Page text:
Members of an organization called "Bloodsuckers against TWILIGHT" held a book burning in Oregon this weekend to protest the popular young adult fiction series. The gripe?
The group members said that Stephenie Meyer's books made a mockery of real vampires and created damaging "racial stereotypes." Mr. Von Goolo said the books made vampires seem like "a klatch of sullen poster-boys," according to local ABC news station KATU-TV. He went on to say that the vampires in the books were "unrealistic" and that the likelihood of real vampires falling in love with an "annoying high school girl" was as realistic as a human falling in love with a ham sandwich. [...]
I stopped watching three minutes into this video documenting the stars and director of New Moon, the forthcoming sequel to Twilight, but, oh my God, the fainting, the screaming, the camera-flashing!
As National Novel Writing Month enters its final days, the next in our series about the novels that we started writing but, for whatever reason, never finished.
Sometime in 2006, I was lying in bed, kind of drunk and thinking about zombies, and I had a thought. In a world (the voiceover in my head went) in which both vampires and zombies existed, who would be forced to be humanity's friend? Vampires, because if all the people turned into zombies, the vampires would have nothing to eat. But in a world where both vampires and zombies existed, what's the worst thing that could happen? No, not vambies, dummy… [...]
From time to time I am asked by young people for advice in matters of work and life, generally by people who have mistaken my age for seniority. I don't really have any advice, though, is the problem, beyond some basics and also "don't do what I did," but usually it goes like:
1. Why don't you think about that over the weekend and if you still feel that way on Monday, you can totally send that email, okay?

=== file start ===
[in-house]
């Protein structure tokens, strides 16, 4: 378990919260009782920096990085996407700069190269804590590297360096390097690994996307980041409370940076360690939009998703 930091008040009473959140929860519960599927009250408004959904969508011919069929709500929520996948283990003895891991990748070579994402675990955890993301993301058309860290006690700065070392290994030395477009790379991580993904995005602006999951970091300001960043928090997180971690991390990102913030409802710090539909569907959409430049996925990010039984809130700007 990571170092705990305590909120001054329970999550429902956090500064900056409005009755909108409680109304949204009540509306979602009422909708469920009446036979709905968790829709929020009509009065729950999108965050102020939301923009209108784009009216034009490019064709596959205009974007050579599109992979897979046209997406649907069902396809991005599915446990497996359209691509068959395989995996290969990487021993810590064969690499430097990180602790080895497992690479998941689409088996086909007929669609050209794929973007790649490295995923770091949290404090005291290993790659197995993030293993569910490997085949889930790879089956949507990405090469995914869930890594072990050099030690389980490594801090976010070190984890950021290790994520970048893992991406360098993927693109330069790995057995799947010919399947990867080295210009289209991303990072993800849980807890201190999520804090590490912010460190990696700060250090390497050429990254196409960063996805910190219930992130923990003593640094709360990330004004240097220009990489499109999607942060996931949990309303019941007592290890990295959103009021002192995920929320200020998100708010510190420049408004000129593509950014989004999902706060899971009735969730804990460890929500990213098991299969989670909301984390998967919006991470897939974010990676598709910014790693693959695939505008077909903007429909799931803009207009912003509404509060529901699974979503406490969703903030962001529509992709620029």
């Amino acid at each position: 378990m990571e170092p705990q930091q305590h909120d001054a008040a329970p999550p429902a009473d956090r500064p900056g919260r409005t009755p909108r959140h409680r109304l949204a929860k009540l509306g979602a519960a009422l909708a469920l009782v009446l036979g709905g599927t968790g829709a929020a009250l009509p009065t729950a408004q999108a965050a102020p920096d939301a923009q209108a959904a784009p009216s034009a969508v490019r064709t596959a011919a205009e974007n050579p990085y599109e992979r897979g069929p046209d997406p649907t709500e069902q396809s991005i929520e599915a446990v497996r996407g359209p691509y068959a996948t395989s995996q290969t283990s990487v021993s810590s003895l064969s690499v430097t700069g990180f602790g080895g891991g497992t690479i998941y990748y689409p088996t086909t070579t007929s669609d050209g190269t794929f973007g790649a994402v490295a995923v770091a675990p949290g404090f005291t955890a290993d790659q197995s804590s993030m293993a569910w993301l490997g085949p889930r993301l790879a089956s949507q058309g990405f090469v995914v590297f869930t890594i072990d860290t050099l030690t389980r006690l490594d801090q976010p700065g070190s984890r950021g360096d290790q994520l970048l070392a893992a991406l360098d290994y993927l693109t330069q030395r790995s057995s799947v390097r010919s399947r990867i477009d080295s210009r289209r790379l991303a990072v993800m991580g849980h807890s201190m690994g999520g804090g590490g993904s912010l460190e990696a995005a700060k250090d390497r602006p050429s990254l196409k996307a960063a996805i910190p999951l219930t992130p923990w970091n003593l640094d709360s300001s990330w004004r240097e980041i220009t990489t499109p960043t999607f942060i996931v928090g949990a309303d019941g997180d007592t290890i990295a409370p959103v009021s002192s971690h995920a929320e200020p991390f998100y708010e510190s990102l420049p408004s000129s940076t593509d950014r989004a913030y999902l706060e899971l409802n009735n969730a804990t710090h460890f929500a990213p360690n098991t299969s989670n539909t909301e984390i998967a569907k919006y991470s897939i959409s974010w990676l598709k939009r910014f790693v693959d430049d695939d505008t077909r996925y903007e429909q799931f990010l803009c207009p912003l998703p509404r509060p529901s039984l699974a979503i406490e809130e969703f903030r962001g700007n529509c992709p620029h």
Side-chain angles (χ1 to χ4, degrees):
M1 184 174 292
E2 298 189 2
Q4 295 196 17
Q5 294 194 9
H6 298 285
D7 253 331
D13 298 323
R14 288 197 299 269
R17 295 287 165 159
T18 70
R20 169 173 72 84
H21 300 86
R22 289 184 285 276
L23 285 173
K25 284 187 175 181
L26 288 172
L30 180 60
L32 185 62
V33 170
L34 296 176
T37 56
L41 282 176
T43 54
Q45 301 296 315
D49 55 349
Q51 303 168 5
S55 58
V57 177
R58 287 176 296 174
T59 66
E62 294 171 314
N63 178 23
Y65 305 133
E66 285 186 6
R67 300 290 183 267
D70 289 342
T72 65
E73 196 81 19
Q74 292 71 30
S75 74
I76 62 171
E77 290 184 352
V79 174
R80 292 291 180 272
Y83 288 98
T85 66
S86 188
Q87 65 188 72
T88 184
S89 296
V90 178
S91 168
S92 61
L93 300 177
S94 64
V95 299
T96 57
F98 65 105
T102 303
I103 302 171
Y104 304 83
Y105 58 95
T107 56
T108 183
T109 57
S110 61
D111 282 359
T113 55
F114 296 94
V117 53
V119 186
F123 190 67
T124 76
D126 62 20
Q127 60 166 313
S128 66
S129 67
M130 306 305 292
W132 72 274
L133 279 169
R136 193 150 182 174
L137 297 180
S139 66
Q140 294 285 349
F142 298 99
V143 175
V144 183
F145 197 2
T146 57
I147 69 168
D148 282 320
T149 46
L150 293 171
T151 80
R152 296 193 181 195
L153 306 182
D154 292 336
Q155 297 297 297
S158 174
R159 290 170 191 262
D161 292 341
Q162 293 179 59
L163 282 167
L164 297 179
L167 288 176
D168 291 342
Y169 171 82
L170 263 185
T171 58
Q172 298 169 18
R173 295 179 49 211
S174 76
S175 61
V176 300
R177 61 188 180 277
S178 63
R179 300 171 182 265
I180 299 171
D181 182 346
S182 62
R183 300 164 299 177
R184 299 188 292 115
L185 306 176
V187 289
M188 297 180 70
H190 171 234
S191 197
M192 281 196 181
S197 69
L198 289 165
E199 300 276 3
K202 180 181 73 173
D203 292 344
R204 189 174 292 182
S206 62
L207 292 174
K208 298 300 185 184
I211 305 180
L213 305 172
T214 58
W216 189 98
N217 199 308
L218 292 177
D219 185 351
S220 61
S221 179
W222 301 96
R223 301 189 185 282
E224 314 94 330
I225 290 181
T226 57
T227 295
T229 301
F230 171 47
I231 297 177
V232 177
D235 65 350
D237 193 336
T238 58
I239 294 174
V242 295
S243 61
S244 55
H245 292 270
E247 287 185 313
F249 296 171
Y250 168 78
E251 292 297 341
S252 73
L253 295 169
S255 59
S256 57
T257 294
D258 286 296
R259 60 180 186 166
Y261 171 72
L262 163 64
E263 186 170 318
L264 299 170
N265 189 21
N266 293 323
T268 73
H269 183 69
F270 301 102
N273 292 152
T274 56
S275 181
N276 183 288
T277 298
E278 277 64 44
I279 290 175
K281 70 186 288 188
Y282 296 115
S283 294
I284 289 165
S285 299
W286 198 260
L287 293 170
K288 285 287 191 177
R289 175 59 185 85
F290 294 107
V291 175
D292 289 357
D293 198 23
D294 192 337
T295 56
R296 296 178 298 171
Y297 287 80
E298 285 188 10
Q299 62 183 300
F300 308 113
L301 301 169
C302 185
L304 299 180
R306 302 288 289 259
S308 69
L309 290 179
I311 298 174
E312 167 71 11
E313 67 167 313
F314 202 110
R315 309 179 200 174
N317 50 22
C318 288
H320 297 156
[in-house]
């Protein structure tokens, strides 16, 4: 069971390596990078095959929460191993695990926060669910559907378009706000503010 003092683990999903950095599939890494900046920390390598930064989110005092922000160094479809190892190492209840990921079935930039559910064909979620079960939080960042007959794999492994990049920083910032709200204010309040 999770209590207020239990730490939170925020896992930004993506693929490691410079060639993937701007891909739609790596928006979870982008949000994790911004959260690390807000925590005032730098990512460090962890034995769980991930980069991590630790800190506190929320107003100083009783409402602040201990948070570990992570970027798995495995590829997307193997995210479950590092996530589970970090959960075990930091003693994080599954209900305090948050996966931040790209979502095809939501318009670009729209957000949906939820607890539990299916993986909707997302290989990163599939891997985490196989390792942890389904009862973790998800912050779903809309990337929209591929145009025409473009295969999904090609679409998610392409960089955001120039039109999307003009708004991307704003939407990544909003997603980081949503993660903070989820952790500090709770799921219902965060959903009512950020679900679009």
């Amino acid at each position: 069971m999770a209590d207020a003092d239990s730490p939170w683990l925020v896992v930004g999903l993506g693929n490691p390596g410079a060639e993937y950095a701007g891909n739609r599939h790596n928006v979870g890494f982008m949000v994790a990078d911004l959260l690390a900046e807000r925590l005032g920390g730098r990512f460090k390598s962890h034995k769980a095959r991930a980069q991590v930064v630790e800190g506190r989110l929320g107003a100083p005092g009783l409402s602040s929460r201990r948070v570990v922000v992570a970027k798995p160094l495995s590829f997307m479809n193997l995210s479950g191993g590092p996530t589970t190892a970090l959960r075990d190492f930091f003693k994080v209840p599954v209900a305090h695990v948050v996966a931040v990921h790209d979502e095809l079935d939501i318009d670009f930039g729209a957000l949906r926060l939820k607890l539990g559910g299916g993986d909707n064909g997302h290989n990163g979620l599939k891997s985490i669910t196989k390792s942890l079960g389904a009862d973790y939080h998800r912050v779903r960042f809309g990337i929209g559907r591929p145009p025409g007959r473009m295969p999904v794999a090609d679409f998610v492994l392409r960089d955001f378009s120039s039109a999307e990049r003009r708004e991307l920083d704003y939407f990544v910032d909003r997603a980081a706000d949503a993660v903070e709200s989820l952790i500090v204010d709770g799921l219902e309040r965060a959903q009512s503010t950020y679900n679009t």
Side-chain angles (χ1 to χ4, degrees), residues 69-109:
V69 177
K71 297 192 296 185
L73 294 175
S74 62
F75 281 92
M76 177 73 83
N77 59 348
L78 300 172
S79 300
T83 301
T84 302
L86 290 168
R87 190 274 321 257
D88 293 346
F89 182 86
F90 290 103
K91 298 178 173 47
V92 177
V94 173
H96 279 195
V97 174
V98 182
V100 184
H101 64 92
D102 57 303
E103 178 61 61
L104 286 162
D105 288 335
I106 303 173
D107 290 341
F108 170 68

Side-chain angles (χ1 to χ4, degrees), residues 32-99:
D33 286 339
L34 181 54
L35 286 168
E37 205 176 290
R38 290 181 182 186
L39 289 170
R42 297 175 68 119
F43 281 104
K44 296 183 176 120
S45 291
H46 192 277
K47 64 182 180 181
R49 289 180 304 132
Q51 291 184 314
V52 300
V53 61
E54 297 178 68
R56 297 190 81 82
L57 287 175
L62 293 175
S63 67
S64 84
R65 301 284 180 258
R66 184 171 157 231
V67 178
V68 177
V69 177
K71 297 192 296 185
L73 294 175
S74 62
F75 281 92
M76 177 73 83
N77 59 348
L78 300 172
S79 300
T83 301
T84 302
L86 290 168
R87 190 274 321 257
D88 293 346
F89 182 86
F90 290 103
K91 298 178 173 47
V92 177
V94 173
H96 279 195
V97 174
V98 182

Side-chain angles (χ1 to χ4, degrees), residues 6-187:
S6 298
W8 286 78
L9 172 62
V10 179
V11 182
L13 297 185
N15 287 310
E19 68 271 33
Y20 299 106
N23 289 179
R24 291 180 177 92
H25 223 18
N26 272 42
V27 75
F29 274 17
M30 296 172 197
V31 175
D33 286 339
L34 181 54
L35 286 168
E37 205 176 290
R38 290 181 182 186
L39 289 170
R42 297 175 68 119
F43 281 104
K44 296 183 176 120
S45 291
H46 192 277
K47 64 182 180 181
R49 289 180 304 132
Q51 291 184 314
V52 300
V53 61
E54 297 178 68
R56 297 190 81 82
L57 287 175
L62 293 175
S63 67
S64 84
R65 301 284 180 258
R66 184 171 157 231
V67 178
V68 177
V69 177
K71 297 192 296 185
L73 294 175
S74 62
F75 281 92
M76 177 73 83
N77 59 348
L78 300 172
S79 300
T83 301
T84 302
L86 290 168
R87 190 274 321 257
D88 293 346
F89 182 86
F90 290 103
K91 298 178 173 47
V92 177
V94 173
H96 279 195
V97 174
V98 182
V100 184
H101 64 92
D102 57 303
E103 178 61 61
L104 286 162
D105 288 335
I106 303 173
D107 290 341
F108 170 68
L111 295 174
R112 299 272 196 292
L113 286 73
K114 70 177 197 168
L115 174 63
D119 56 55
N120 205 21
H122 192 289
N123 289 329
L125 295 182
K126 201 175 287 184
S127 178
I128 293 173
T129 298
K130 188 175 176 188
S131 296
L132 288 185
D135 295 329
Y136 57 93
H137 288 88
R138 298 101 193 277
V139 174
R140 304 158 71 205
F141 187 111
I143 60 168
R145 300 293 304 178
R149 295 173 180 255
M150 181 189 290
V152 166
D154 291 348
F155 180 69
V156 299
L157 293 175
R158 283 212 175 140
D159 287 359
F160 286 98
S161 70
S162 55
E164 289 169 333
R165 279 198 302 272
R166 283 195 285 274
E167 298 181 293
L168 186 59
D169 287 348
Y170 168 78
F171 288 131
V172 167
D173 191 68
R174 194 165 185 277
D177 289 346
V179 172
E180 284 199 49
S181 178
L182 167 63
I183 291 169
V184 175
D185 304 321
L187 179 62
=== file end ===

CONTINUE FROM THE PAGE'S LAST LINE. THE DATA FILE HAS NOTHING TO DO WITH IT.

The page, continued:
2. Yes, you should not worry too much about the consequences and you should definitely quit your job that you hate and it'll probably all work out great. Job quitters are [...]
From time to time, particularly when it is taking off for the rest of the day, The Awl offers its space to normal, everyday people with a perspective on national issues. Today, we're pleased to once again present you with Walt Fruttinger, an Applebee's franchisee who at this time has some thoughts about the kids today.
If you lick your index finger and hold it up to the winds of pop culture at the moment, you're going to find a strong current of vampire blowing your way. Fanged creatures are all over the place right now, and most of them are "teenaged" creatures who are "hot" aimed at hordes [...]
Slate considers the effect that the new crop of pussy vampires will have on our developing youth: "Just as America's young men are being given deeply erroneous ideas about sex by what they watch on the Web, so, too, are America's young women receiving troubling misinformation about the male of the species from Twilight. These women are going to be shocked when the sensitive, emotionally available, poetry-writing boys of their dreams expect a bit more from a sleepover than dew-eyed gazes and chaste hugs. The young man, having been schooled in love online, will be expecting extreme bondage and a lesbian three-way."